In Hill v. City of Horn Lake, the Mississippi Supreme Court announced an obscure civil procedure point. The Court refused to accept a denial to a request for admission as proper summary judgment evidence. The Court explained that only matters “admitted” are imbued with the special, conclusive treatment under Rule 36. Therefore, the Court surmised, denials were not deserving of equal treatment. It held (for the first time as far as I can tell): “Unlike admissions, denials in response to a request for admission are not competent summary judgment evidence.” In this case, the City propounded requests for admissions to the co-defendant, a construction contractor, asking it to admit that the City took no part in the design and planning of a project. The co-defendant denied the requests. The Plaintiff asserted those denial as creating a question of fact that precluded summary judgment.
The Court did not cite to any Mississippi precedence for this proposition. Instead, they cite two Texas Court of Appeals cases. Neither Texas case supports the absolute restriction on the use of denials as the Court appears to be pronouncing.
In the Barragan case, the Texas Court of Appeals noted that under their rule 166a(c) (similar to our Rule 56), although it may appear that interrogatory answers, pleadings and admissions are proper summary judgment evidence, in reality, Texas law has severely limited their use in summary judgment context. In that case, the plaintiff failed to respond at all to the summary judgment motion, but tried to cite to the discovery for the first time on appeal.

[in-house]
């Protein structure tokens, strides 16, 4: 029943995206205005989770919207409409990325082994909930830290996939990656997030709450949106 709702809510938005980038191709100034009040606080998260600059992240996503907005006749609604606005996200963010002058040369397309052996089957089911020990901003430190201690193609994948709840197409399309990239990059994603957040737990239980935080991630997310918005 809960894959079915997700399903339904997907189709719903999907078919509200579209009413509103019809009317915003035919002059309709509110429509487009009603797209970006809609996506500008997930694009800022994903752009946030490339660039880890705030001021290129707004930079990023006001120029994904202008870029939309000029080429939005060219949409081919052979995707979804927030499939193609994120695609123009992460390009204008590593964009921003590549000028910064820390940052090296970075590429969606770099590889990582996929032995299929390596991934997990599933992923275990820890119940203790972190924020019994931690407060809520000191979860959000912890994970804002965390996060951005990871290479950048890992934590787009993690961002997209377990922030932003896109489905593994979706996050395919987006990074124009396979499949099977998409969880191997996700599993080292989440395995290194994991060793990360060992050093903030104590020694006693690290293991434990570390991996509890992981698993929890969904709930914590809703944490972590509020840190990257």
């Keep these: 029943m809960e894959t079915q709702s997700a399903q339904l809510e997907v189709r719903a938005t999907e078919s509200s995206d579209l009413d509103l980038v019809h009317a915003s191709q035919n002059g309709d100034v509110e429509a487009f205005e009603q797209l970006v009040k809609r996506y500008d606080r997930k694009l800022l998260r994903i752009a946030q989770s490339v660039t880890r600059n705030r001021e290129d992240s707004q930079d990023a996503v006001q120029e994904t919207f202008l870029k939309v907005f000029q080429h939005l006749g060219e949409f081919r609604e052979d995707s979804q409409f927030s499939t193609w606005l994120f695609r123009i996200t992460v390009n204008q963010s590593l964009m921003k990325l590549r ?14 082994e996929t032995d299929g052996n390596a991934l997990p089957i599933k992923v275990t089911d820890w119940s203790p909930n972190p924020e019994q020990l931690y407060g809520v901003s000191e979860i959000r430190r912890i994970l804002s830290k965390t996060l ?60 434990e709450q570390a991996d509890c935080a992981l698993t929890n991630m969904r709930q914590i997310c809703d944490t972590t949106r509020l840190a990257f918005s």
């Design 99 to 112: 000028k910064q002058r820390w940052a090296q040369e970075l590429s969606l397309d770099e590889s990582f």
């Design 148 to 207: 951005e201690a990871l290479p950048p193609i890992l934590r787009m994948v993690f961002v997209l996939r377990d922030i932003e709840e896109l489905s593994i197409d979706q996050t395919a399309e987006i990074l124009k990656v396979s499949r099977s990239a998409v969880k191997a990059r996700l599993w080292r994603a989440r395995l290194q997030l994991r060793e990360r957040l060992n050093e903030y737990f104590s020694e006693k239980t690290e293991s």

In the City of Richland Hills case, the plaintiff sought summary judgment on a declaratory action. The defendant opposed summary judgment and tried to rely on its own denials of the Plaintiff’s requests for admission. The Texas Court of Appeals rejected the attempt to use your own denials to create a fact question.
This seems to be the right result here. A self-serving denial to requests for admission by another party should not be permitted to be used to defeat an otherwise properly supported summary judgment motion. If that were the case, all a plaintiff would have to do is hope the defendant sent requests for admission he or she could simply deny. However, the Court may have overstated the result in its blanket pronouncement that all such denials are unworthy as Rule 56 proof. A denial of a fact or contention may be just as important and vital to a case as a positive admission.
The lesson in semantics here may simply be that when faced with denials you would like to use, send a second set of requests for admission asking the respondent to “admit that you denied” all the allegations in the first set.